Cisco Systems, which has shed 35 percent of its market valuation over the last year and has become the worst performing stock in the Dow Jones Industrials, "is ripe for some sort of activist assault," Rob Cox, columnist at Reuters Breakingviews, told CNBC on Tuesday.
"If you look at the shareholders, they've been suffering ... for years. It's been dead money for a decade—that's despite spending $70 billion dollars on buybacks, $35 billion dollars on acquisitions," Cox said.
"This company is ready. If you look at it, it has no major shareholders, its [CEO] John Chambers who's been running it for 16 years [has less than 1 percent]," he added.
If you are an activist, the strategy is to stop the misallocation of capital and to focus on the core business, he explained. "You can't just be a blowhard. You got to get out there and you got to be someone who's got a proven track record of getting on the board, working with the board members and working with the company to improve the operations," he explained.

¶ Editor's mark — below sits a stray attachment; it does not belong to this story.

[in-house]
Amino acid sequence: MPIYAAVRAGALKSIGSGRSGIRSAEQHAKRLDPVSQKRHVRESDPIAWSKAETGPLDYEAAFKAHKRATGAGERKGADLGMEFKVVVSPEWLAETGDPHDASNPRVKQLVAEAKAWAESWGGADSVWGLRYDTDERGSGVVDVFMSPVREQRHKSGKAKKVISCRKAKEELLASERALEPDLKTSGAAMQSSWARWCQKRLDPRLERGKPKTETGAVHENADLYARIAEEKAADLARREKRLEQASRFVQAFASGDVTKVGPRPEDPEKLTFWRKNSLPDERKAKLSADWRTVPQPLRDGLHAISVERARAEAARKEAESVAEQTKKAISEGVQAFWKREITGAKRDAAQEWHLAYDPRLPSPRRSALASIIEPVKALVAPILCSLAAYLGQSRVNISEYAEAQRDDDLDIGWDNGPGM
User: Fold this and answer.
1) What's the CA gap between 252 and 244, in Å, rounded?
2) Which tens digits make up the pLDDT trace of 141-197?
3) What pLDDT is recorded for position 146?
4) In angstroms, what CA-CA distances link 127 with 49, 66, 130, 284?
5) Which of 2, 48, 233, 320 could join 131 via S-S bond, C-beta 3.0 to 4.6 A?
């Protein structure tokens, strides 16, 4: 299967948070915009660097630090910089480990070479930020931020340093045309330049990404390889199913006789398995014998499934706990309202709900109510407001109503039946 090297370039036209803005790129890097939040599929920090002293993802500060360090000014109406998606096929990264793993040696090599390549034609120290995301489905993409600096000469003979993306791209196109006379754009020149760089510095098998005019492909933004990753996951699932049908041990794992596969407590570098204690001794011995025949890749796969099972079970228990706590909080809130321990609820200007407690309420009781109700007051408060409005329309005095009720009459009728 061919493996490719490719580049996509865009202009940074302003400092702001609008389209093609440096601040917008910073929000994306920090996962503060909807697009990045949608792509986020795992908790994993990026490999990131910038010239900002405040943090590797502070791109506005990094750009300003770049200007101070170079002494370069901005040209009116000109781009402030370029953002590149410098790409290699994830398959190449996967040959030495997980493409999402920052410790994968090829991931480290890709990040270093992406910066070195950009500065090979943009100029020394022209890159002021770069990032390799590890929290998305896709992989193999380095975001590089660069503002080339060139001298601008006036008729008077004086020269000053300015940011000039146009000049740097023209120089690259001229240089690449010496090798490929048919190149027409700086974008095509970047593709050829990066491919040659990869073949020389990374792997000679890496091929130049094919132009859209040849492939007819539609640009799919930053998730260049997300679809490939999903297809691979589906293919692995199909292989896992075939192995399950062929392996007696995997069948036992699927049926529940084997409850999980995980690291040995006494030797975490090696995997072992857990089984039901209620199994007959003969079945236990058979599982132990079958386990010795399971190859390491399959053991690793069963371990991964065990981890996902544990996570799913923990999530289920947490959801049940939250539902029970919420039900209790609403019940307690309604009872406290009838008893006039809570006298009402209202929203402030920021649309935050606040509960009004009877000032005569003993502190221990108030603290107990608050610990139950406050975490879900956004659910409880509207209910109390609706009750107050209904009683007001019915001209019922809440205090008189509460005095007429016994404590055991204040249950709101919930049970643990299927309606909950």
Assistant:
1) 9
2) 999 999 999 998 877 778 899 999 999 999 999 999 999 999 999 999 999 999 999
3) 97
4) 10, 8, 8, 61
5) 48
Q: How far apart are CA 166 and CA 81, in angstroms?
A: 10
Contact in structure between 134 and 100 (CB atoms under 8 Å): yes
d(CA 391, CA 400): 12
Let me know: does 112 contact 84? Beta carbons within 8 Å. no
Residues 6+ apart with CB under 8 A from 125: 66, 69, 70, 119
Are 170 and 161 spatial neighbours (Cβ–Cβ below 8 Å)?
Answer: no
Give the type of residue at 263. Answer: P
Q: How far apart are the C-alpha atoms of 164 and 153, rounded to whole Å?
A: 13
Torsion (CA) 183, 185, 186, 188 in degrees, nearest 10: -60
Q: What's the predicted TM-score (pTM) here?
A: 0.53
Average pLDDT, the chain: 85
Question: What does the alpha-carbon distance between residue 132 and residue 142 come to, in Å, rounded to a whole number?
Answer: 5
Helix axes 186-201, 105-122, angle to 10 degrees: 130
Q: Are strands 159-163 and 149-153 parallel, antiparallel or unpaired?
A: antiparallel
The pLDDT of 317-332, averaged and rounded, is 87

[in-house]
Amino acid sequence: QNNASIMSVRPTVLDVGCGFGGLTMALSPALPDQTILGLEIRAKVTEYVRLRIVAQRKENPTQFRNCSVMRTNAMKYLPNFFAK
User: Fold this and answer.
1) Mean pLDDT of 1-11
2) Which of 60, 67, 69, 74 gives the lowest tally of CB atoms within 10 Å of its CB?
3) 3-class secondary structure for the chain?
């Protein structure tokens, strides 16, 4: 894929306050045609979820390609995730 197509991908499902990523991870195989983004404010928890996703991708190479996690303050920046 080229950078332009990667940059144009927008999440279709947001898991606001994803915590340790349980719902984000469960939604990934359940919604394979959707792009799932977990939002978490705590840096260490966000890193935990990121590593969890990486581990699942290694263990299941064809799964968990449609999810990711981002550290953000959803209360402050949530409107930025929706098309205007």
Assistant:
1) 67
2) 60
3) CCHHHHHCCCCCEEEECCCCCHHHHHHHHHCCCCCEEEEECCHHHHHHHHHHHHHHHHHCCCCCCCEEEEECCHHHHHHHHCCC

In addition, Cox went on to say that Chambers sent out an email late Monday to Cisco staff that "sounds like" the CEO is preparing for "the worst" in terms of shareholder activism.
"If John Chambers is to do many of the things that we think—and I think shareholders would agree—would actually get the stock back up to something like an IBM type of price-to-earnings multiple? To do that he's going to have to repudiate a lot his [past] strategy," added Cox.
At the same time, Cisco has a $94 billion market cap. "It still has like two-thirds of its core market—routers and switchers—which is very profitable, but it's gone on a real tear with all sorts of things inside the home, consumer stuff," Cox concluded.
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